The Danish Girl
The Danish Girl lacks an immediacy and vibrancy, as well as a genuine sense of emotional connection.
“The Public Eye” is a scandalously bad film, and it’s dumb, dumb, dumb. Worse than that, it’s boring. Sometimes a bad movie can just barely manage to redeem itself by its awfulness; we stay because of masochistic glee. But “The Public Eye” misses even that sad achievement; it is a barren landscape into which the actors lob lousy dialog like foul balls.
Have three less interesting performances ever been captured in the same movie? I doubt it. The movie is about a jealous husband who hires a detective to follow his wife. The detective and the wife fall in love. It is hard to say why; their relationship is one of those sickening movie romances in which adults play child’s games in soft focus while the sound track stages a forced march through congealed honey.
The actors actually manage to make this look worse than it sounds (and I am not being very easy on it). The husband is played by Michael Jayston, who, having made the last czar of Russia uninteresting in “Nicholas and Alexandra,” now pulls off the feat of making an uninteresting character MORE uninteresting. He has the cinematic charisma of an introverted snail.
He is married to Mia Farrow, who has been good in movies before and, God willing, will be good in movies again, but who this time works her little-girl-with-big-eyes act as if they were buying it by the yard. The detective is Topol, whom you will remember from “Fiddler on the Roof.” He is what is known in these matters as a character: Needless to say, he comes from Mediterranean stock, has a moustache, is filled up to here with quaint sayings, has eyes that sparkle, and wears a white raincoat that makes him look like Zorba the lab attendant.
Now here is the curious thing. Jayston plays his role perfectly straight. Lord, does he ever. He seems to belong in a movie about investment banking. Miss Farrow, on the other hand, acts as if she is in the worst sort of pseudo-romantic soap opera, and allows her voice to c-c-catch on emotionally charged confessions. She also does a lot of blinking and gulping. In the midst of all this, Topol goes for exaggerated vaudeville. So nothing fits, no scenes seem to fall together, and we get the peculiar feeling that we have wandered into an acting class where the assignment was to play Henry the VIII as a guppy.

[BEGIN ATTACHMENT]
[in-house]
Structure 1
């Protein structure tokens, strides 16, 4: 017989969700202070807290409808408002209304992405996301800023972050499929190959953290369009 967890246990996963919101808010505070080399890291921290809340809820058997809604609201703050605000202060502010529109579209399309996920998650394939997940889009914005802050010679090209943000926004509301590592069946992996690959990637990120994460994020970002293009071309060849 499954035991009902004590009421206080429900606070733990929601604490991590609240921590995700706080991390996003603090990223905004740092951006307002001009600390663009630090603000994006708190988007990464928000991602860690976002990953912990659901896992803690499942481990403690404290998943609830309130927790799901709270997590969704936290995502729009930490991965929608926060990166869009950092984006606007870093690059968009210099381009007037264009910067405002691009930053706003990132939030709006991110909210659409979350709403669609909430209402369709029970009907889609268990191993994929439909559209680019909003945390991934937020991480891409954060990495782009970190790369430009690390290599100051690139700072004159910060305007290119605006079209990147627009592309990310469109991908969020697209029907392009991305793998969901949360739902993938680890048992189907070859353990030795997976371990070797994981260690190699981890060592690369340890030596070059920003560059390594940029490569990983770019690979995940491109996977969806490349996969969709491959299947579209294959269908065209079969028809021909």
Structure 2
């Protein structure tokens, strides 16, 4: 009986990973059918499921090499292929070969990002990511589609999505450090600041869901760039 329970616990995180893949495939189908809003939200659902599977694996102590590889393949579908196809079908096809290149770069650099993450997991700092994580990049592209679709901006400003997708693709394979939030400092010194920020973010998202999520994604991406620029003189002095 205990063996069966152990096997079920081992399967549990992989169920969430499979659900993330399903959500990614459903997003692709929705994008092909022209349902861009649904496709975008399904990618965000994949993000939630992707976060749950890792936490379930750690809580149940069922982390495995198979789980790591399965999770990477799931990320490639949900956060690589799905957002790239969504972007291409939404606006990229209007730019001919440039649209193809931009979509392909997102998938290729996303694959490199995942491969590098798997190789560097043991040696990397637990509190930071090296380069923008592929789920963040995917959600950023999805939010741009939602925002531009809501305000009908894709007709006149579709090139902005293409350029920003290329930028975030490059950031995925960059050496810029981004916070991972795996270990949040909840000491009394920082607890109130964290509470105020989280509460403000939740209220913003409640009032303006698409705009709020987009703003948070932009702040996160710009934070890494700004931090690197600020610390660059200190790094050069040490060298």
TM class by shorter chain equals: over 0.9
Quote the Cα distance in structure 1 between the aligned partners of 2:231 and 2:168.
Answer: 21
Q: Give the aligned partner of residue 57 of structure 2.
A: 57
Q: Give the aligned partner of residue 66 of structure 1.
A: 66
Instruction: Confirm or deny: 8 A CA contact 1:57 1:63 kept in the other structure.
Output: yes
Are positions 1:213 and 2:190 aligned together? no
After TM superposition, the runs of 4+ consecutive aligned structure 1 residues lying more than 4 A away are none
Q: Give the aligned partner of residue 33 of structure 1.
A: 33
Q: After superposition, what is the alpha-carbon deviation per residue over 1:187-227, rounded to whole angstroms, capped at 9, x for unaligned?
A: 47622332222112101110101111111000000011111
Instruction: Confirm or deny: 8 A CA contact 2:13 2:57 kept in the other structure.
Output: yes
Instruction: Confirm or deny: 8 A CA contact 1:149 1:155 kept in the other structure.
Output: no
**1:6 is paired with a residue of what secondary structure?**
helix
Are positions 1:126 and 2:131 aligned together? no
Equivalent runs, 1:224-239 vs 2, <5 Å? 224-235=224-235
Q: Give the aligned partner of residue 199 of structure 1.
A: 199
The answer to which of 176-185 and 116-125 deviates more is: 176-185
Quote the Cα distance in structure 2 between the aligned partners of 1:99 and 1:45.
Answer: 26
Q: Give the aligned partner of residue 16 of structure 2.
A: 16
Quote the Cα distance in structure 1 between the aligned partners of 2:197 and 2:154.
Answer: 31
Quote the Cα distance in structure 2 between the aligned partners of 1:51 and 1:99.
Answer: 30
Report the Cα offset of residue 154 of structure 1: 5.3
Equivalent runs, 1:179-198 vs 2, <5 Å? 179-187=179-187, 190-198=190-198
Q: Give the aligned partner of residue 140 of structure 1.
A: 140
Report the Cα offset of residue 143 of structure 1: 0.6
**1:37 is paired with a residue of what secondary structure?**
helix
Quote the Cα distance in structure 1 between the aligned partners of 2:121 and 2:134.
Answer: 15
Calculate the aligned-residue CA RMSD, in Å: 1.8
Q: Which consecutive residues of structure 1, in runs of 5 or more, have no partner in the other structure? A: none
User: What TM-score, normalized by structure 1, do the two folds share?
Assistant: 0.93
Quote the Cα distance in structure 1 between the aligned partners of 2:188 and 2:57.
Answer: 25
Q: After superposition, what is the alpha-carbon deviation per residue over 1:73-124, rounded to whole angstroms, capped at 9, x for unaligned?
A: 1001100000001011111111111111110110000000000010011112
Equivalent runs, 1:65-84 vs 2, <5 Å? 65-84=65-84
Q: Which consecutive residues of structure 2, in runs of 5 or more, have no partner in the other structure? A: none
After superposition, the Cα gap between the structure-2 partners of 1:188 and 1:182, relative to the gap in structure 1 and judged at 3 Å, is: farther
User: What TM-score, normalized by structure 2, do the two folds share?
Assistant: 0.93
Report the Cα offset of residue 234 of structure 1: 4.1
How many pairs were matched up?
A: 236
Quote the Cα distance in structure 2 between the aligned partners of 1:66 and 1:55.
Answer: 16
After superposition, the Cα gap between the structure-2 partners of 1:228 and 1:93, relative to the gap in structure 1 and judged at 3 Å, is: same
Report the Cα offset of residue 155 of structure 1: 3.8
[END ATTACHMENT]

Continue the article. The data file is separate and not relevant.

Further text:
Nobody can be as stupid as the characters in this movie. Nobody. Miss Farrow has taken to wandering away from her husband in order to watch dolphins and sunsets. She manages to confine her dolphin - and sunset - watching, however, to those occasions when she is expected to preside at her husband’s dinner parties. And she turns up late wearing a poncho and expects no one to notice.
Topol plays the Life Force. His job is to wink and smile at Miss Farrow during her walks through the city. He also plays tag with her, goes to horror movies with her and eats ice cream with her. Then he tells the unhappy husband his secret. Follow her around for 10 days like I did, and she’ll love you instead of me. The husband accepts this advice, but not before there are so many quivering chins on her part, and so much eyelash-batting on his, that the desire to throw something at the screen becomes really distracting.
But perhaps I am being a little unfair to the actors, who, after all, did not write this movie nor direct it. The screenplay is by Peter Shaffer, whose dialog is impossible to pay attention to over any stretch of more than nine seconds. And the director, alas, is Sir Carol Reed whose “The Third Man” is one of everyone’s favorite movies. It is hard to understand how he could have made such a mess.
The producer, by the by, is Hal B. Wallis, who has been in movies since 1922 and has never, it is said, produced a film that lost money. To maintain his record with this movie, I’m afraid he’ll have to chop it up and sell it as ukulele picks.
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